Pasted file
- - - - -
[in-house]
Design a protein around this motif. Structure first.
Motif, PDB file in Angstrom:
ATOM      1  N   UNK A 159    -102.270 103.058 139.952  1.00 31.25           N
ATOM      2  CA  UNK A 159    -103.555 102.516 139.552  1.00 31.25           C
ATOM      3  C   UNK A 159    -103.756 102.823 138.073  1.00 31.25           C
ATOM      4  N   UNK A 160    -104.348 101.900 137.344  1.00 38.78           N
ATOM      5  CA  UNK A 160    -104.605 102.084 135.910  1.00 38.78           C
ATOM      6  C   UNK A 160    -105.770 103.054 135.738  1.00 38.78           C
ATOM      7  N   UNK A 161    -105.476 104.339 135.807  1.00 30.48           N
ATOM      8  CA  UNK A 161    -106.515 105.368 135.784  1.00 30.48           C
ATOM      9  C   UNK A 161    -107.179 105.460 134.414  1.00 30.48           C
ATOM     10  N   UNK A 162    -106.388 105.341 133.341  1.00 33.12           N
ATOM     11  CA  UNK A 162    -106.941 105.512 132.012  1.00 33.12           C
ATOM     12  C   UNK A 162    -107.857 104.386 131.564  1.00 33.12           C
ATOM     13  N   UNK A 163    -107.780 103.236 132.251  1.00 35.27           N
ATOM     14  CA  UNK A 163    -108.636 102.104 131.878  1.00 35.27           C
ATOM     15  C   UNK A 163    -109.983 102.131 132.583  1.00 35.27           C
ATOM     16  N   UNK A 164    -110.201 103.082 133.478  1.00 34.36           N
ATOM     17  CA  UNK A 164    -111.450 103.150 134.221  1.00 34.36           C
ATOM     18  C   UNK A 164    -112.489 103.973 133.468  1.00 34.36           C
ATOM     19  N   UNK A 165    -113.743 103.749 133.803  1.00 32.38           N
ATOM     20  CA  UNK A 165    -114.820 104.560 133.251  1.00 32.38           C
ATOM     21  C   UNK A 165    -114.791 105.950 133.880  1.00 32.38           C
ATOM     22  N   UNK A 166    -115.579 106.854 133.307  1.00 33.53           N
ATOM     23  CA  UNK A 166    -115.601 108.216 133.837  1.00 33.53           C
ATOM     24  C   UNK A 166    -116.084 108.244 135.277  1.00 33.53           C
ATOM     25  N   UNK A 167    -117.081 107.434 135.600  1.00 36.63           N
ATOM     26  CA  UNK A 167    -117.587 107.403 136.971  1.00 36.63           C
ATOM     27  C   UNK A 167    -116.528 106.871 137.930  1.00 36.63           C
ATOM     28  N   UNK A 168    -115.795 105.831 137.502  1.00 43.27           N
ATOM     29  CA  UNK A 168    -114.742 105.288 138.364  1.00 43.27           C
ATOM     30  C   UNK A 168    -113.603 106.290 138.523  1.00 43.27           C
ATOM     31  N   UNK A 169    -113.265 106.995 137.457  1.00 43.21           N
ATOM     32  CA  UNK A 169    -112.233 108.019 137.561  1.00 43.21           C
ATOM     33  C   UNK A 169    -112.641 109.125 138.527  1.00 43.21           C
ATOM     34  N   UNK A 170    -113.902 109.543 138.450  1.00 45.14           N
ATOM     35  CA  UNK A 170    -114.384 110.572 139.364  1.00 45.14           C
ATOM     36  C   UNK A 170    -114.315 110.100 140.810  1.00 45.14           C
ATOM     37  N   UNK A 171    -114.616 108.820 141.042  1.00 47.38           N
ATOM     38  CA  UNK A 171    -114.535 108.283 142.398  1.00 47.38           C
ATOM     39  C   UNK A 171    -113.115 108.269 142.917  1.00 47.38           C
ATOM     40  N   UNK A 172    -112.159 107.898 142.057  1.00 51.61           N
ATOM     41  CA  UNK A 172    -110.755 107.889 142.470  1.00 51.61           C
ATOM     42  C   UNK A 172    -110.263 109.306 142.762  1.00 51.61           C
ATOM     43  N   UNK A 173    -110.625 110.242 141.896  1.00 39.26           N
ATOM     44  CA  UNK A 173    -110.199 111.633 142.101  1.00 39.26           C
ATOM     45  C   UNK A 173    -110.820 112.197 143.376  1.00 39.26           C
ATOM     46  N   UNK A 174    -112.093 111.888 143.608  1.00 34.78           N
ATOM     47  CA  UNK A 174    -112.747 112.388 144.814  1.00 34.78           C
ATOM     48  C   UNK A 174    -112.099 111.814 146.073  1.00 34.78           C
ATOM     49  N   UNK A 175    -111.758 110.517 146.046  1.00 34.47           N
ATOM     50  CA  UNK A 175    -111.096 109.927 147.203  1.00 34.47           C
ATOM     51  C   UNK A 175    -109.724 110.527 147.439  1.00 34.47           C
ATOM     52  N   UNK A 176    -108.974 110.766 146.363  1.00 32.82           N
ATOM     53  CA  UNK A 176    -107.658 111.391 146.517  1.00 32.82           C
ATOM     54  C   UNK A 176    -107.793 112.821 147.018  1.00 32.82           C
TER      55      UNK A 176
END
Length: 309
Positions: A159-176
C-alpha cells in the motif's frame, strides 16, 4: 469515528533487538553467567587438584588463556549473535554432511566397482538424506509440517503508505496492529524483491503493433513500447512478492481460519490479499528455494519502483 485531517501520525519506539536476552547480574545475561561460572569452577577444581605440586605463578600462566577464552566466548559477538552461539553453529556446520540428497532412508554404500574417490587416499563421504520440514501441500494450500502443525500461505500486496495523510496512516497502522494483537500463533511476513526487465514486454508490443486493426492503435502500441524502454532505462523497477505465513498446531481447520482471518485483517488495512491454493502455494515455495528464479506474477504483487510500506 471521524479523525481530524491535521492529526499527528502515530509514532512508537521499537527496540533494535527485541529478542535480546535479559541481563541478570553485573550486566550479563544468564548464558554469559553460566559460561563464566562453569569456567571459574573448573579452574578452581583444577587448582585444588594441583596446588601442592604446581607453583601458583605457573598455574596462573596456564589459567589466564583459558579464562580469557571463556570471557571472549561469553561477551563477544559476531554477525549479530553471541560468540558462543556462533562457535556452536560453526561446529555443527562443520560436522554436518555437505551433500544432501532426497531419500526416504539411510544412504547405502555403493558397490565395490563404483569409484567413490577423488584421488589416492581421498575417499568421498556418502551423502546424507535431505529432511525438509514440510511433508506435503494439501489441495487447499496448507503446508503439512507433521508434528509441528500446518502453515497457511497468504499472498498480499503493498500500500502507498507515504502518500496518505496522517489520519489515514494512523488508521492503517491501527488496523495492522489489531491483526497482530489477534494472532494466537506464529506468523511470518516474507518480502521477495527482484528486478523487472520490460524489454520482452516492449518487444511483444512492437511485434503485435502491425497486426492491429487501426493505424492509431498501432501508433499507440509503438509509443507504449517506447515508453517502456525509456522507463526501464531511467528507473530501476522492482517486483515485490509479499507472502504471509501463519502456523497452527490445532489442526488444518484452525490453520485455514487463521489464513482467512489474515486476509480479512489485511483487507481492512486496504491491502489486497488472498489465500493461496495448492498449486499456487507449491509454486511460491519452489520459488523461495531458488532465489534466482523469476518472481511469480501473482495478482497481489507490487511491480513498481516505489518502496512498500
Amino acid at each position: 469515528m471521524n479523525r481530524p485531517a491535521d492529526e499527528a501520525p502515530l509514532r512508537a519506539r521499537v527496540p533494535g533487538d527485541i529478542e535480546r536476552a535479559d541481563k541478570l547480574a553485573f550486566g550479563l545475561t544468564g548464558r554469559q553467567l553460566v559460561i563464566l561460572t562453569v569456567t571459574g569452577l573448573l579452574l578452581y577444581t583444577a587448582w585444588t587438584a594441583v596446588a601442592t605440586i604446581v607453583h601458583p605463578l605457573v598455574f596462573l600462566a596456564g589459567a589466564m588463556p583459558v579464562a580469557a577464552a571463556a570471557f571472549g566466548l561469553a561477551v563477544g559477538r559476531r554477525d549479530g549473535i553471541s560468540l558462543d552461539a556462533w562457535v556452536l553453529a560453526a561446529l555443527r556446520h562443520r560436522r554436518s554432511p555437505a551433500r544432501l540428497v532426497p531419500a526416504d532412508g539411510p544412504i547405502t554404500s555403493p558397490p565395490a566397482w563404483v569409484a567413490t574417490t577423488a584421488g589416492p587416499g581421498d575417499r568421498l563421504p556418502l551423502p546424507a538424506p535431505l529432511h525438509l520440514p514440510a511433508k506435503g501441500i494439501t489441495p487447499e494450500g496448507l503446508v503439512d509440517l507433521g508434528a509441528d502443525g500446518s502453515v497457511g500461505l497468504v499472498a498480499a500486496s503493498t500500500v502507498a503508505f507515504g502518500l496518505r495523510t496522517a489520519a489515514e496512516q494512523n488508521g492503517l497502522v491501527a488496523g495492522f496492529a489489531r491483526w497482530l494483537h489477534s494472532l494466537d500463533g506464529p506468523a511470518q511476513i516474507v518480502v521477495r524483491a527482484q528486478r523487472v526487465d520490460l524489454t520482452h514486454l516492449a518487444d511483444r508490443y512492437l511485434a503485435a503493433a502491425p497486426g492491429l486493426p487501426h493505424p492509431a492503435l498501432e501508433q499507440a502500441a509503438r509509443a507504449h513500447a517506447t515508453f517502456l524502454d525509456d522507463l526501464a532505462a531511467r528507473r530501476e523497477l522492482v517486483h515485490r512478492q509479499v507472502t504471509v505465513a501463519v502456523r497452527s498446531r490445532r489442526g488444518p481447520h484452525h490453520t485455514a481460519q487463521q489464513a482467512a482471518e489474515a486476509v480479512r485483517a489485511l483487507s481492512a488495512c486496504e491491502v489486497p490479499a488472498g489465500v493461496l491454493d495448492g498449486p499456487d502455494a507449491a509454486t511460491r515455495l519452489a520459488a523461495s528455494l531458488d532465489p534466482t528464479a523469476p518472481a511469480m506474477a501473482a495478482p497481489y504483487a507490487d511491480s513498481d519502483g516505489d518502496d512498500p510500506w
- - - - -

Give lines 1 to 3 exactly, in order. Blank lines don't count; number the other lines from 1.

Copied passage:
[in-house]
Design a protein around this motif. Structure first.
Motif, PDB file in Angstrom: